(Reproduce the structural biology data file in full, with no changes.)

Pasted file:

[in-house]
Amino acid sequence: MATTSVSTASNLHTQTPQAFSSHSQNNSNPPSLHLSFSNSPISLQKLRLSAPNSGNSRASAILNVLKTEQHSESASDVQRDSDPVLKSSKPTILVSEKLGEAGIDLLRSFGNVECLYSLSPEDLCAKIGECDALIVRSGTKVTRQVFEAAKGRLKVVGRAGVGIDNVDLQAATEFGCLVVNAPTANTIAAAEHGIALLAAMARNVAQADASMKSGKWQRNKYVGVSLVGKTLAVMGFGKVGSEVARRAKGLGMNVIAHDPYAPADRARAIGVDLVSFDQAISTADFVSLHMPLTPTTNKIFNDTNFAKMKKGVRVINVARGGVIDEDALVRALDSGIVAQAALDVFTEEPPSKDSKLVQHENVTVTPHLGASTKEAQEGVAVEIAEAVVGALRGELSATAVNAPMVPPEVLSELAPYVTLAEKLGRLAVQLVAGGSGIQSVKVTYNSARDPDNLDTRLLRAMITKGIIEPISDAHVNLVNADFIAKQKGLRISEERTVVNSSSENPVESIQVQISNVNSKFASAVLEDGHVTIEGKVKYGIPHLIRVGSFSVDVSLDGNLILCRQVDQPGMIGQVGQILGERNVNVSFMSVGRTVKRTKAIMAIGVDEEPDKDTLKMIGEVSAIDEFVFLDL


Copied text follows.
[in-house]
Amino acid sequence: MATTSVSTASNLHTQTPQAFSSHSQNNSNPPSLHLSFSNSPISLQKLRLSAPNSGNSRASAILNVLKTEQHSESASDVQRDSDPVLKSSKPTILVSEKLGEAGIDLLRSFGNVECLYSLSPEDLCAKIGECDALIVRSGTKVTRQVFEAAKGRLKVVGRAGVGIDNVDLQAATEFGCLVVNAPTANTIAAAEHGIALLAAMARNVAQADASMKSGKWQRNKYVGVSLVGKTLAVMGFGKVGSEVARRAKGLGMNVIAHDPYAPADRARAIGVDLVSFDQAISTADFVSLHMPLTPTTNKIFNDTNFAKMKKGVRVINVARGGVIDEDALVRALDSGIVAQAALDVFTEEPPSKDSKLVQHENVTVTPHLGASTKEAQEGVAVEIAEAVVGALRGELSATAVNAPMVPPEVLSELAPYVTLAEKLGRLAVQLVAGGSGIQSVKVTYNSARDPDNLDTRLLRAMITKGIIEPISDAHVNLVNADFIAKQKGLRISEERTVVNSSSENPVESIQVQISNVNSKFASAVLEDGHVTIEGKVKYGIPHLIRVGSFSVDVSLDGNLILCRQVDQPGMIGQVGQILGERNVNVSFMSVGRTVKRTKAIMAIGVDEEPDKDTLKMIGEVSAIDEFVFLDL